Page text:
Radiating leg pain from a lumbar disc herniation is often attributed to either mechanical compression of the nerve root by the herniated disc, and/or local inflammation. This study of 53 subjects searched for associations between pain intensity and 5 contributing factors: 1) inflammatory markers, 2) herniated disc size, 3) infection, 4) psychological factors and 5) conditioned pain modulation in patients with MRI confirmed painful lumbar radiculopathy scheduled for spine surgery.
From authors: “Two main findings emerge from the study. First, pain intensity was not associated with pro-inflammatory serum and disc cytokine levels nor with MRI disc-size measures. Second, rather than these objective parameters, pain intensity correlated with the patients’ reported measures of pain catastrophizing and with their conditioned pain modulation magnitude.”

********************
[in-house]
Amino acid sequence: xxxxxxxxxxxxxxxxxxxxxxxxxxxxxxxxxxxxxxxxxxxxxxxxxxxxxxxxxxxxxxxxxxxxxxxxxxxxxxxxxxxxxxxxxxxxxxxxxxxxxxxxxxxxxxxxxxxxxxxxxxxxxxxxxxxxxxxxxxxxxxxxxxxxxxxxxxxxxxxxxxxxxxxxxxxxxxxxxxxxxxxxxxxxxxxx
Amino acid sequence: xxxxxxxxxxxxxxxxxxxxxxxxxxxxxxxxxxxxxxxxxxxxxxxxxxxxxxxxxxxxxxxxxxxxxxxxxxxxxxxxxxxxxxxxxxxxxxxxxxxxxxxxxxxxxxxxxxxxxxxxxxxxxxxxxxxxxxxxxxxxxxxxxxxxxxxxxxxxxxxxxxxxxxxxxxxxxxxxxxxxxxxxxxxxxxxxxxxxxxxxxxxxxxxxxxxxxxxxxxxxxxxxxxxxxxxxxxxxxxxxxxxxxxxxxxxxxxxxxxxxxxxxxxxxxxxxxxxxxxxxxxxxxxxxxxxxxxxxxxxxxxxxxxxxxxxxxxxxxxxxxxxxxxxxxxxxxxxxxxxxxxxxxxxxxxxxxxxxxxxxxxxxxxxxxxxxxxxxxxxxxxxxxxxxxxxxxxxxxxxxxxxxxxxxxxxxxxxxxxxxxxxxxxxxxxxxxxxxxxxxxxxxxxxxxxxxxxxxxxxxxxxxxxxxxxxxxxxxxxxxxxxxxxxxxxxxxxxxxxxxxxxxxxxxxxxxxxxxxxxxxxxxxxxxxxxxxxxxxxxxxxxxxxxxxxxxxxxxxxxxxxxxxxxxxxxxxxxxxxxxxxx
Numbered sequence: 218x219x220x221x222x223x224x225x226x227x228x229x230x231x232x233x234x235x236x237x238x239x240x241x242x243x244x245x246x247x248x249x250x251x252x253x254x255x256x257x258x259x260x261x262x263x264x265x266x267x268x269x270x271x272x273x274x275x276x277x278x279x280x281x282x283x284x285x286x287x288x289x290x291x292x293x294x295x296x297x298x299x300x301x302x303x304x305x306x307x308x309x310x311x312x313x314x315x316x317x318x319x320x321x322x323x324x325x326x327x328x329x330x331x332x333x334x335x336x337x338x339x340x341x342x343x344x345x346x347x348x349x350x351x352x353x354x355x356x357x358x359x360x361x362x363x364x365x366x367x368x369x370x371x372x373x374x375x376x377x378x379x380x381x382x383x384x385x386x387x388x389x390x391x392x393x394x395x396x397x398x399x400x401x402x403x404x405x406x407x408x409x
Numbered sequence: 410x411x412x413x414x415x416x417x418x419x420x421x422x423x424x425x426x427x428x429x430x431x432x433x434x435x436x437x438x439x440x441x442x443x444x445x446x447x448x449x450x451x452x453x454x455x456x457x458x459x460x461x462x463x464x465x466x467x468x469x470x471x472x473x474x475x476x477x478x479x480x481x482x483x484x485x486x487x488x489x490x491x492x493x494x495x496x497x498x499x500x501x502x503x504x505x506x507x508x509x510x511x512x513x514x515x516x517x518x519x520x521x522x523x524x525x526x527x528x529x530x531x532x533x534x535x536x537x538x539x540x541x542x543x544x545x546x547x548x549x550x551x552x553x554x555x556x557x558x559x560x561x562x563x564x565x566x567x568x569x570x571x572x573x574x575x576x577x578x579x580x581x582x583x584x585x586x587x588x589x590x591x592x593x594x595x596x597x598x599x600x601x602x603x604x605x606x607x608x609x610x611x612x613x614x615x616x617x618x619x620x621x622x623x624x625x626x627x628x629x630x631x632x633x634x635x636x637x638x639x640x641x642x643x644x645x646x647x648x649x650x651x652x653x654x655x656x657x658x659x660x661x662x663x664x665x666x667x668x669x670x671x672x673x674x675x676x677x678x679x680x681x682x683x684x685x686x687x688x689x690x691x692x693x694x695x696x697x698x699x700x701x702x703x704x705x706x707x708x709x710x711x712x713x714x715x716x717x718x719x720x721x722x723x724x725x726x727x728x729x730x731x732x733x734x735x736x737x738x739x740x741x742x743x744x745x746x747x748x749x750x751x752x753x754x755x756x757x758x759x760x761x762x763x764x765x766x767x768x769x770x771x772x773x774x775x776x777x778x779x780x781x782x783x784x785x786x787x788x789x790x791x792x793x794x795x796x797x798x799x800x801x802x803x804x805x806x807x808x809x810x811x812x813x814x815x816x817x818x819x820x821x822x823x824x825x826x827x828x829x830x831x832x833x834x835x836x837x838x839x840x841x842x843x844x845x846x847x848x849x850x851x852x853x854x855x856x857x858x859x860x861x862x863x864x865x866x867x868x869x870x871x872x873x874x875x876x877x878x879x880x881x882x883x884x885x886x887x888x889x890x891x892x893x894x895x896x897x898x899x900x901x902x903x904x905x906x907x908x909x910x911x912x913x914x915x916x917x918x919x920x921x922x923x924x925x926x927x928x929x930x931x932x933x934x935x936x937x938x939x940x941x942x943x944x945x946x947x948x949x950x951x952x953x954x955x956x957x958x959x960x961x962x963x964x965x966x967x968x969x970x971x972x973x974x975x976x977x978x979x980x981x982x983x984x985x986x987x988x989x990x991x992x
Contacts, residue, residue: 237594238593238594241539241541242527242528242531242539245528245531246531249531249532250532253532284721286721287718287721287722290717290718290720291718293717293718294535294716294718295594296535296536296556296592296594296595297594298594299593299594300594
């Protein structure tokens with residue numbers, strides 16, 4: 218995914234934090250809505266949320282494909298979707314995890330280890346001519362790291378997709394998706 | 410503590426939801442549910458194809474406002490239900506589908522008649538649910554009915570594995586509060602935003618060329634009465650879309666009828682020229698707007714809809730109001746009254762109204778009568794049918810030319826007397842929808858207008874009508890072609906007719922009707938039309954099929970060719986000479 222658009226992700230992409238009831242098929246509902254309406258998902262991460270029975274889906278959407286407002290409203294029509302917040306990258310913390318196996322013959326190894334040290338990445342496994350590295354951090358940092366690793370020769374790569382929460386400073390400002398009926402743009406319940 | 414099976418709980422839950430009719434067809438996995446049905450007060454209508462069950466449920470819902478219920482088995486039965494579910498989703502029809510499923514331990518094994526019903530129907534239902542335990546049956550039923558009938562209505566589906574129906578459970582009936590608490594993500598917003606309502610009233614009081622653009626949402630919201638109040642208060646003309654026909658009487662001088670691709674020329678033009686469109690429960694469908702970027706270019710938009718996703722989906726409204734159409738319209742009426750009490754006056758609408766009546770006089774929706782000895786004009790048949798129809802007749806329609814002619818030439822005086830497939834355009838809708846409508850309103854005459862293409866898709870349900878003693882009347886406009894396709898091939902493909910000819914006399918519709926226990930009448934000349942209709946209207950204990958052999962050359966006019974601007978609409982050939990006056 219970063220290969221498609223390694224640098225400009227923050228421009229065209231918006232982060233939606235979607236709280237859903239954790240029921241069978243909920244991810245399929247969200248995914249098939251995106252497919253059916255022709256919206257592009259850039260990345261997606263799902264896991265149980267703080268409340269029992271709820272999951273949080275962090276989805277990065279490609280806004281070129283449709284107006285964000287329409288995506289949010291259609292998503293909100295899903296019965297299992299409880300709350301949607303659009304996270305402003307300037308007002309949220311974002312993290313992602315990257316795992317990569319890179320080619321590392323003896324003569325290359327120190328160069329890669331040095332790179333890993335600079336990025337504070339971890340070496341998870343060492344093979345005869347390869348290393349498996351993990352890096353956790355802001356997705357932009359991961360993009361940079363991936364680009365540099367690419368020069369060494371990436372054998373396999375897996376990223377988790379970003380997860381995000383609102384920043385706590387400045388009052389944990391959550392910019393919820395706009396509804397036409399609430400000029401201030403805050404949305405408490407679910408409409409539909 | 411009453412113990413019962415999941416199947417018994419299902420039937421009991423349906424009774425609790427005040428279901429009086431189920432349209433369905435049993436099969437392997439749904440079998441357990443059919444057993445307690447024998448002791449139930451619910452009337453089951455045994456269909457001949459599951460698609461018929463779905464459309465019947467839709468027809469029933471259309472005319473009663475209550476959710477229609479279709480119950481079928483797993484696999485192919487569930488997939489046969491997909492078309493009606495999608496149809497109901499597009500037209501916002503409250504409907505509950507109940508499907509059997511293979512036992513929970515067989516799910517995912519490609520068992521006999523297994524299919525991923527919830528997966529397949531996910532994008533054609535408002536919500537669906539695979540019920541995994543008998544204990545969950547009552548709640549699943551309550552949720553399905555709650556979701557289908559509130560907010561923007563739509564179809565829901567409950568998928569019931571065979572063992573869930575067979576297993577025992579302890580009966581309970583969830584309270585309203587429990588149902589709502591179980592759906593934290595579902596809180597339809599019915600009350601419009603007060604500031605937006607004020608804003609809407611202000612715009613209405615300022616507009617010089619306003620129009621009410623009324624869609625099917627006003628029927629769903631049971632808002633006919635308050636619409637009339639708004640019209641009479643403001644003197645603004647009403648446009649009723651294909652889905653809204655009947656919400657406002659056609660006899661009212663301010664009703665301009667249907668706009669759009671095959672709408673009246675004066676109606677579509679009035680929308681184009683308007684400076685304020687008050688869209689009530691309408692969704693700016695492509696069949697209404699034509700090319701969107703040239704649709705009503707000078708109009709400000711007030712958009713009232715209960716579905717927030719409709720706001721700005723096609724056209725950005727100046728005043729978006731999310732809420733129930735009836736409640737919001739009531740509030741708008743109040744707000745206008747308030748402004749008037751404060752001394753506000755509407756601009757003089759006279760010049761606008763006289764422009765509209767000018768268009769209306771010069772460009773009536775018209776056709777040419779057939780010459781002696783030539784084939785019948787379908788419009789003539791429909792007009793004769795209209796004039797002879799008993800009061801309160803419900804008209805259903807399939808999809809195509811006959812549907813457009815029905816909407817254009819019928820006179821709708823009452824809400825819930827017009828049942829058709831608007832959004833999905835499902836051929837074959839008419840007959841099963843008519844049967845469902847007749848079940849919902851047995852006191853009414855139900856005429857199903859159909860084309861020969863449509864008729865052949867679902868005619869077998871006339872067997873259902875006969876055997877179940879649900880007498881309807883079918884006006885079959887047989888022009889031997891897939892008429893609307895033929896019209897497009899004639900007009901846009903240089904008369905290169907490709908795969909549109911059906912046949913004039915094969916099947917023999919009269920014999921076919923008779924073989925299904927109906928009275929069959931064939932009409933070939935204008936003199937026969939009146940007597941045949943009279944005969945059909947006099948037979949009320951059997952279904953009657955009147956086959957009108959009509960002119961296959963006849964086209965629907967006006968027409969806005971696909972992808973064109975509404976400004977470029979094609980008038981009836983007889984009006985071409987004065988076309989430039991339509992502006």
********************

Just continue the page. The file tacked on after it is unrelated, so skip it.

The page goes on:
What this study shows is that the brain is more involved in disc herniation leg pain than many believe or think. It wasn´t the disc or local inflammation that was most associated with pain. Instead two psychological brain factors had the most significant impact on pain. Not surprising as I see this in many patients and also data from other studies supports both catastrophizing and conditioning as risk factors for pain intensity.